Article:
Price's Lost Campaign: The 1864 Invasion of Missouri

Price's Lost Campaign: The 1864 Invasion of Missouri

Price's Lost Campaign: The 1864 Invasion of Missouri

Price's Lost Campaign: The 1864 Invasion of Missouri

Synopsis

In the fall of 1864, during the last brutal months of the Civil War, the Confederates made one final, desperate attempt to rampage through the Shenandoah Valley, Tennessee, and Missouri. Price's Raid was the common name for the Missouri campaign led by General Sterling Price. Involving tens of thousands of armed men, the 1864 Missouri campaign has too long remained unexamined by a book-length modern study, but now, Civil War scholar Mark A. Lause fills this long-standing gap in the literature, providing keen insights on the problems encountered during and the myths propagated about this campaign.

Price marched Confederate troops 1,500 miles into Missouri, five times as far as his Union counterparts who met him in the incursion. Along the way, he picked up additional troops; the most exaggerated estimates place Price's troop numbers at 15,000. The Federal forces initially underestimated the numbers heading for Missouri and then called in troops from Illinois and Kansas, amassing 65,000 to 75,000 troops and militia members. The Union tried to downplay its underestimation of the Confederate buildup of troops by supplanting the term campaign with the impromptu raid.

This term was also used by Confederates to minimize their lack of military success. The Confederates, believing that Missourians wanted liberation from Union forces, had planned a two-phase campaign. They intended not only to disrupt the functioning government through seizure of St. Louis and the capital, Jefferson City, but also to restore the pro-secessionist government driven from the state three years before. The primary objective, however, was to change the outcome of the Federal elections that fall, encouraging votes against the Republicans who incorporated ending slavery into the Union war goals. What followed was widespread uncontrolled brutality in the form of guerrilla warfare, which drove support for the Federalists. Missouri joined Kansas in reelecting the Republicans and ensuring the end of slavery.

Lause's account of the Missouri campaign of 1864 brings new understanding of the two distinct phases of the campaign, as based upon declared strategic goals. Additionally, as the author reveals the clear connection between the military campaign and the outcome of the election, he successfully tests the efforts of new military historians to integrate political, economic, social, and cultural history into the study of warfare. In showing how both sides during Price's Raid used self-serving fictions to provide a rationale for their politically motivated brutality and were unwilling to risk defeat, Lause reveals the underlying nature of the American Civil War as a modern war.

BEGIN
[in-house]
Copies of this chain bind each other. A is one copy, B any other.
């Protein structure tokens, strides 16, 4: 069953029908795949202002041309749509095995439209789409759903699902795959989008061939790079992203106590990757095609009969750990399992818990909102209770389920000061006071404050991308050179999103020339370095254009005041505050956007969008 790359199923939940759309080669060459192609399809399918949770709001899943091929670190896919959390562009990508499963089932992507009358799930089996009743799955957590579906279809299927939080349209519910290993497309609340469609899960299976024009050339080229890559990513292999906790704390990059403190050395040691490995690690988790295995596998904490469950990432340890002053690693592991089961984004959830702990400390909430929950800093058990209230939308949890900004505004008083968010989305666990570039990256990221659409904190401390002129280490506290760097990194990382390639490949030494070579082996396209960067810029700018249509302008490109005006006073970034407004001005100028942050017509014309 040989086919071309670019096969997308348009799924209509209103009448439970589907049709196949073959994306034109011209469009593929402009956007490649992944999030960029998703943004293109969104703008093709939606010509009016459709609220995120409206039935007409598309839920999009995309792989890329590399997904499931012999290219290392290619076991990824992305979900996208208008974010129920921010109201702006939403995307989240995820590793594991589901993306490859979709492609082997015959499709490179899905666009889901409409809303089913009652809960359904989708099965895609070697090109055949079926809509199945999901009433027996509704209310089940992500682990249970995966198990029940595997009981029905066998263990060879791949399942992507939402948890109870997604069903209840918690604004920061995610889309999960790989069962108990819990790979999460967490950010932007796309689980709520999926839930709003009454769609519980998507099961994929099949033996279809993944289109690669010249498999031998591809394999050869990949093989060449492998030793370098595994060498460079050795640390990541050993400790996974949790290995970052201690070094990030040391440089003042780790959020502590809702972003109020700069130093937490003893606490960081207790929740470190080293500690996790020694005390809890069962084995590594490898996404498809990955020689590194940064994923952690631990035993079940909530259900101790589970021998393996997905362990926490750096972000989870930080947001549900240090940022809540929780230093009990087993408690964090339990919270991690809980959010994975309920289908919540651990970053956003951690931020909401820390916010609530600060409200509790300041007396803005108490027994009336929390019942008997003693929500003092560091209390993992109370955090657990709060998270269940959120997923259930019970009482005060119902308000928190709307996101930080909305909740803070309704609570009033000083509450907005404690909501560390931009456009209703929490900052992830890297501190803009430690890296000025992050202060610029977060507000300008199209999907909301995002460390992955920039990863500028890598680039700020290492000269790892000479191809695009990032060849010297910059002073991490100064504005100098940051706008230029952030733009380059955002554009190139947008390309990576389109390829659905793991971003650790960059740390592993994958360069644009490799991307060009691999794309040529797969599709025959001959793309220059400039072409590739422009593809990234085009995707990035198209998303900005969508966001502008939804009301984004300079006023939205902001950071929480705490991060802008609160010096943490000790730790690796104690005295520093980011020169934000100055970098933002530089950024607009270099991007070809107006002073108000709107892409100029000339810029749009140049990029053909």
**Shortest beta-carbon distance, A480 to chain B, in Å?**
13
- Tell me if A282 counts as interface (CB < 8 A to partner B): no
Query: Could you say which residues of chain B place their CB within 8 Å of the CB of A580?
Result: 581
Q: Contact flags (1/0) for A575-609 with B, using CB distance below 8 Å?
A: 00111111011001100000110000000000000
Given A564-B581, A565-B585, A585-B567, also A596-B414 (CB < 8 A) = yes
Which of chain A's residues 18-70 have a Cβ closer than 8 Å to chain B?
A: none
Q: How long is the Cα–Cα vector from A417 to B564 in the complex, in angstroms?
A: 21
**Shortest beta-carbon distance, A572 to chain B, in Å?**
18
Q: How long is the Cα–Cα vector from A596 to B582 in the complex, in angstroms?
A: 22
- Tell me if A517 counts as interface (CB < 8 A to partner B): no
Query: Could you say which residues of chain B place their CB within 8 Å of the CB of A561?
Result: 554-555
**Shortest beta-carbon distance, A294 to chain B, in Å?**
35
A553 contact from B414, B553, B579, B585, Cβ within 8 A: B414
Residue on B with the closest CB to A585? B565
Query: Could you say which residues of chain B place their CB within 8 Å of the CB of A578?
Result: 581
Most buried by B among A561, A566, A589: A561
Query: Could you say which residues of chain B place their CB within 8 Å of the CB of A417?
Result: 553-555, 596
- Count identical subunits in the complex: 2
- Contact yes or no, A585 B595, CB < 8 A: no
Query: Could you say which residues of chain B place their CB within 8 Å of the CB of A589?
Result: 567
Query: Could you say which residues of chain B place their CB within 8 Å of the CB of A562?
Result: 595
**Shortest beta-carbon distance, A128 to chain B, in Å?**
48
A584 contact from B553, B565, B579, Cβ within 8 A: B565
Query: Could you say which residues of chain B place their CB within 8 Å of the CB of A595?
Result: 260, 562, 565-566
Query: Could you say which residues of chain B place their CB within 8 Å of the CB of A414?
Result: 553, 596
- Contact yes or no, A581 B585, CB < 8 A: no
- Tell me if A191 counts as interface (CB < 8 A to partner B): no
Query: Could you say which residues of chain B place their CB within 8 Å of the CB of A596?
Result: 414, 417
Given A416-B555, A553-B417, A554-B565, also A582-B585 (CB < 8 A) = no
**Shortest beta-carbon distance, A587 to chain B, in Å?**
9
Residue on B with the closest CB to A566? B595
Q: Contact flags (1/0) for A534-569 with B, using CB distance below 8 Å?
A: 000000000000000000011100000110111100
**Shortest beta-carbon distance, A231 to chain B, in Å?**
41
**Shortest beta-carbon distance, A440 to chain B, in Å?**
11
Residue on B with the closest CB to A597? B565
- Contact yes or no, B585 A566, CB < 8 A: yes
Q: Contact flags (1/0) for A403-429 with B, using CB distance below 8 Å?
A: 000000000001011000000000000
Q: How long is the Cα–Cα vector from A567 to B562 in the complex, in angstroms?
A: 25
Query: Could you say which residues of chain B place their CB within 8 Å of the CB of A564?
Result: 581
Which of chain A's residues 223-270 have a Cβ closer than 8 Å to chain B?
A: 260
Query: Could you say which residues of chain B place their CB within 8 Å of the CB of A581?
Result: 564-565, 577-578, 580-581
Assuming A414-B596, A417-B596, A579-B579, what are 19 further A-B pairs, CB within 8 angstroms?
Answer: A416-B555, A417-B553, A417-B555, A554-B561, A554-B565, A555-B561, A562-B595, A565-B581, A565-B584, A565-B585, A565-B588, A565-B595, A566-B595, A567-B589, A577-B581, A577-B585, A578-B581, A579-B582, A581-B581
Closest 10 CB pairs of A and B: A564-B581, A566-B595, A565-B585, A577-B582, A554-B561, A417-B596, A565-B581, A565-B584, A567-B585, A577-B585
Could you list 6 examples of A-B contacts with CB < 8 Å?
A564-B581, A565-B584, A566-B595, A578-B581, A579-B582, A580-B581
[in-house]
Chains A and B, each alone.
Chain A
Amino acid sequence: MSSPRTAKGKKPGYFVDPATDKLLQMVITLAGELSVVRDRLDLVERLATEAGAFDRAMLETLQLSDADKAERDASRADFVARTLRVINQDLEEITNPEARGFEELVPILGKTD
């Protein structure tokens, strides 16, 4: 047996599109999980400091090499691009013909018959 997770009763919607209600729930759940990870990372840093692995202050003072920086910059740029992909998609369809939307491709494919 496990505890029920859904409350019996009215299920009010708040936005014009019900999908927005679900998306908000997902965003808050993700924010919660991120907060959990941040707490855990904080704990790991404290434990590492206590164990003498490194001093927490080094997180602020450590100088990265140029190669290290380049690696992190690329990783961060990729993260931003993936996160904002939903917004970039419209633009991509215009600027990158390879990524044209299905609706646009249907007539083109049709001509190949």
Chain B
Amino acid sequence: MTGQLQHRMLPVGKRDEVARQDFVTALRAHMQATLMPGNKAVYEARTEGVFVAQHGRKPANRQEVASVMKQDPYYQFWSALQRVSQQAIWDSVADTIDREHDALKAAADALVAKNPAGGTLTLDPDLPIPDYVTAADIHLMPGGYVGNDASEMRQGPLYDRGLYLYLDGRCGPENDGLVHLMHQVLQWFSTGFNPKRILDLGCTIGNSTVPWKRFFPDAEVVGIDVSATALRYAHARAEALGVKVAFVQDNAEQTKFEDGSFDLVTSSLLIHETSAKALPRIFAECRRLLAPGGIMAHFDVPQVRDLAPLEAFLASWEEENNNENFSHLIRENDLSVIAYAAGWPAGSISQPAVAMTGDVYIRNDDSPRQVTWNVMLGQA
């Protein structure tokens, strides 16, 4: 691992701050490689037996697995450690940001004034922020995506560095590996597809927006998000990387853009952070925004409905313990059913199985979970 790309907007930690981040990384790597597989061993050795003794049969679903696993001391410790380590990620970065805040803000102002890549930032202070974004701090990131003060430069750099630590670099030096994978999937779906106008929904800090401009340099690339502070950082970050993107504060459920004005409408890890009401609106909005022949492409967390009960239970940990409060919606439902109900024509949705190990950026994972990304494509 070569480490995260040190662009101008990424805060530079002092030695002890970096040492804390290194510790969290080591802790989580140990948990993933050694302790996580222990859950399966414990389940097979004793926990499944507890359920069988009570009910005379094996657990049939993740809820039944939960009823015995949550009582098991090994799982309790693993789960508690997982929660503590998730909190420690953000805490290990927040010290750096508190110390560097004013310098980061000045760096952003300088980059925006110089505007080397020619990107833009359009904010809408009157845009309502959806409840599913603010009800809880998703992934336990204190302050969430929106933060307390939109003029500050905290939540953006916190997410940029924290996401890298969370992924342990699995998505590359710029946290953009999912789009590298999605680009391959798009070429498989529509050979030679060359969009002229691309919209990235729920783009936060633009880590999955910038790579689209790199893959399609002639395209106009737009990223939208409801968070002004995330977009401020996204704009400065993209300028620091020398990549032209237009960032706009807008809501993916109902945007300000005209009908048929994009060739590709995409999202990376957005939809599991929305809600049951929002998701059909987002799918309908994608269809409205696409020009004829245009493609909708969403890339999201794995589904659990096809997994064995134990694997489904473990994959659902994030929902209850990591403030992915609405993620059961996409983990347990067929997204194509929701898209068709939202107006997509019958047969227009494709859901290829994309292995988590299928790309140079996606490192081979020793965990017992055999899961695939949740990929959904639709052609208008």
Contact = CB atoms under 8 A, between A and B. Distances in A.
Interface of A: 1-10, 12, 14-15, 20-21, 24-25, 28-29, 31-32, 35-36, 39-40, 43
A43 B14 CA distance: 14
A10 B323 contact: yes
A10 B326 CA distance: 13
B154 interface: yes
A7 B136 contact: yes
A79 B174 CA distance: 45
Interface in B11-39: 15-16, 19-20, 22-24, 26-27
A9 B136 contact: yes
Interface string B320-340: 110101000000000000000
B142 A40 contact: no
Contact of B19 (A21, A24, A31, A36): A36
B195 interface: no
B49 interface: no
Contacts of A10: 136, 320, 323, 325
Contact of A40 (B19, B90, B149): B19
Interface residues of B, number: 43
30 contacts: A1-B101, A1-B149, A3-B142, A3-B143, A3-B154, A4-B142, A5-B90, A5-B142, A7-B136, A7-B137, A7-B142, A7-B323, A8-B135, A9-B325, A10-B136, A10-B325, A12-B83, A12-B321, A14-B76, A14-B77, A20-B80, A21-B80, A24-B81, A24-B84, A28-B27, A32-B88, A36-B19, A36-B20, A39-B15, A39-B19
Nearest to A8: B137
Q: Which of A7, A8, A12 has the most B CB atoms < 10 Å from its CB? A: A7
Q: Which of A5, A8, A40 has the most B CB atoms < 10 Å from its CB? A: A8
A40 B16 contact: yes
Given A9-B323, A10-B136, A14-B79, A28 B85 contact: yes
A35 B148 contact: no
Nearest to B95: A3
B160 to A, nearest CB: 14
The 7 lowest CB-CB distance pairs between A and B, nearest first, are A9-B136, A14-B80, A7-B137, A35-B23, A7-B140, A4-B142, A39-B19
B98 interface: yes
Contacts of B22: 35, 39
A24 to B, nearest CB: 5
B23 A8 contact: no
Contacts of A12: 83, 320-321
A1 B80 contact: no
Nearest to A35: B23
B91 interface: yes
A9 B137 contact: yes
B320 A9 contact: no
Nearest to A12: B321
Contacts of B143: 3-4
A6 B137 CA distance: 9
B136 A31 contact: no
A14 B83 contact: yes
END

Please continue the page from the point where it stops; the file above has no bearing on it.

Excerpt

By the fall of 1864, the American Civil War had entered its final and most desperately brutal months. Trench warfare mired the vast armies in Virginia while the hellish turn of events in Georgia aimed at breaking the morale and spirit of the civilian population. in futile desperation, large Confederate armies shook free of the Federal death grip for a final rampage through the Shenandoah Valley, Tennessee, and Missouri. the last of these, “Price’s Raid,” is not only the least discussed but frequently also remains unmentioned in single-volume accounts of the war.

Certainly, one can ascribe much of the negligence to the ponderous parochialism accorded the Trans-Mississippi, reflecting the wartime priorities of both Washington and Richmond. After settling their respective claims in Missouri during the first year of the war, both governments contented themselves with self-fulfilling assumptions that marginalized the region’s role and siphoned off the manpower from west of the river to Mississippi, Tennessee, or Georgia (which, in turn, suffered neglect in the interests of the war in Virginia). For this reason, in most accounts of the war, Missouri tends to wink out of existence after the first year, or makes periodic cameos as a sideshow of guerrilla warfare in which the brutality takes center stage rather than the military role of those brutalities within the wider conflict.

Nevertheless, the numbers involved justify no such inattention. the Confederates enumerated over 12,000 at the inception of the operation with perhaps 2,000 to 3,000 partisans already active in the state. They claimed to have acquired between 5,000 and 9,000 more men along the way. Even allowing for exaggeration, as many as 15,000 or more may have marched at some point with Price’s army, though he never had a force near this large at the same time—and, in the end, lost many more men than he gained.

The Federals mobilized massive numbers to meet the incursion. Starting with only about 11,000 garrison troops across the entire state, they called more from Kansas and Illinois. They rushed several thousand more recruits into uniform and diverted another 9,000 veterans who had been on their way to Georgia.

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